Hope this makes sense. Feel free to ask any questions. I haven't implemented any of this because I already have too many irons in the fire, but I'd be more than happy to collaborate.

Again, nice work on the thesis and your compositions.

Dale Parson, Ph.D., Computer Science, Kutztown University of PA
http://faculty.kutztown.edu/parson/music/

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MusicMan11712



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PostPosted: Mon Jul 09, 2012 2:01 pm    Post subject: Reply with quote  Mark this post and the followings unread

Having participated in a number of latency jams, I have some thoughts about this process. To me, the beauty of the latency jam is that musicians have to make contributions to the jam attending to what MIGHT fit in with what others played, where the music is when listened to (in each contributor's locale) and the direction the jam seems to be going, with constant modifications along the way in response to what is heard in each contributor's locale. I think it takes great on-the-fly compositional/performance talents to make contributions to the jam and to adapt to the simultaneous past/present/future orientation of the work-in-progress.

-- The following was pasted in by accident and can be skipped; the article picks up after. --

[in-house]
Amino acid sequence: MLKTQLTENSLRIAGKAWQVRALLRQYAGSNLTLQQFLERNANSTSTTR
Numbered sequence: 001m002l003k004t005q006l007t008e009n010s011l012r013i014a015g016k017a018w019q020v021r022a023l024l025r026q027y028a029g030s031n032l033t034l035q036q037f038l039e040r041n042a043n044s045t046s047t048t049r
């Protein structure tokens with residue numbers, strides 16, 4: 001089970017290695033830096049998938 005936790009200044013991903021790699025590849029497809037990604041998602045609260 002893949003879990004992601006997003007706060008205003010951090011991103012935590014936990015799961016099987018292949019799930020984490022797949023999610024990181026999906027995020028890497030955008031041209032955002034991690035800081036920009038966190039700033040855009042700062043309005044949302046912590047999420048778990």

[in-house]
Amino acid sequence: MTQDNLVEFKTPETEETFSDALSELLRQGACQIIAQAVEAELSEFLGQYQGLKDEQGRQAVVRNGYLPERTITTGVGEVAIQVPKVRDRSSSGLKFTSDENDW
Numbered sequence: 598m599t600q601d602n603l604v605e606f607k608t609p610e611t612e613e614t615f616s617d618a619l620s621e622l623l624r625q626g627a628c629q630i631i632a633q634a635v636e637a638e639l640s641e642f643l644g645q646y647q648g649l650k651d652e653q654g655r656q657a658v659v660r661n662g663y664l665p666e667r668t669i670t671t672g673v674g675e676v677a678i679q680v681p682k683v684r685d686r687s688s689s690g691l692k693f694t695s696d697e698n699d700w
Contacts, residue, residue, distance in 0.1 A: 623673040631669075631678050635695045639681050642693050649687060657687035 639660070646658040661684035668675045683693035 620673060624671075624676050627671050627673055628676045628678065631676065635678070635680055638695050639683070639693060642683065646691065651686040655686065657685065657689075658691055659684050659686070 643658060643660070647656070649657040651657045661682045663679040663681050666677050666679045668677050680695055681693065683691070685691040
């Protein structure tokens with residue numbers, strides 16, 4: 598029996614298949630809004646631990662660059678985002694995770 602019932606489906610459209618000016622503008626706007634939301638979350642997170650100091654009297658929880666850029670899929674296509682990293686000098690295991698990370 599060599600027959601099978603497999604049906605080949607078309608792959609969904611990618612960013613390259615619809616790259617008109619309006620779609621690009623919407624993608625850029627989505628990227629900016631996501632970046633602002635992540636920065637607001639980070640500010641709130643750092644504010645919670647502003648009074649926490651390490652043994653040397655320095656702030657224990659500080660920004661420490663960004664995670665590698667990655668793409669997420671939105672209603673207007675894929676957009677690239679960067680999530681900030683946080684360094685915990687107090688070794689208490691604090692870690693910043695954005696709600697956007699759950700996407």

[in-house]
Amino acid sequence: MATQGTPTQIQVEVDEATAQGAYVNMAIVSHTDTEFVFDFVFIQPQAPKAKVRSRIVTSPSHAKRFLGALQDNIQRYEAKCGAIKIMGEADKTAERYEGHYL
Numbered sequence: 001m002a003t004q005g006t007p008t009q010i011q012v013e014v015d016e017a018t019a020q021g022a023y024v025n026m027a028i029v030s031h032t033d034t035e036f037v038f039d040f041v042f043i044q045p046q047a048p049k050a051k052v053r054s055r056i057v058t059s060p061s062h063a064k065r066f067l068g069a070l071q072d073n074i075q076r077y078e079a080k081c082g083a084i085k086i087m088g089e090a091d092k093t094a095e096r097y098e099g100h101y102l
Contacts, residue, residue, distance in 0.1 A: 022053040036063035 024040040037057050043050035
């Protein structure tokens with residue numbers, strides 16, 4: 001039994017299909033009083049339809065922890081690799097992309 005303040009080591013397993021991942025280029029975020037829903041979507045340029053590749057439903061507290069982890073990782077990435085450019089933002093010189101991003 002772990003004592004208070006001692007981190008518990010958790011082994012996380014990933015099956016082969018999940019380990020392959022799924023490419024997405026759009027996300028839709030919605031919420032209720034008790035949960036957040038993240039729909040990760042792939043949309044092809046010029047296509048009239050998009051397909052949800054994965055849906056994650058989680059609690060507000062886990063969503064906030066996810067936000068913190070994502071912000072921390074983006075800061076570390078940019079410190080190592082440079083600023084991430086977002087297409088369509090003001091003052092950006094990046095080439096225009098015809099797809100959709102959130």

I would suggest that rather than a canon as described, such a structured performance could have some sort of lead/melody that is played at the start of each of several timed periods (say 6 minute intervals), with a daisy chain linking of performers, with interpretive renderings after the score has been performed, until the arrival of the next section.

I suppose it could be done as a sort of a round: Person A plays the start of the score; after hearing the start, person B waits 2 measures and joins in from the beginning; after hearing person B start, person C waits 2 measures and joins in the beginning, etc. with each evolving into improv on the first theme, until the agreed upon time period ends for section 1.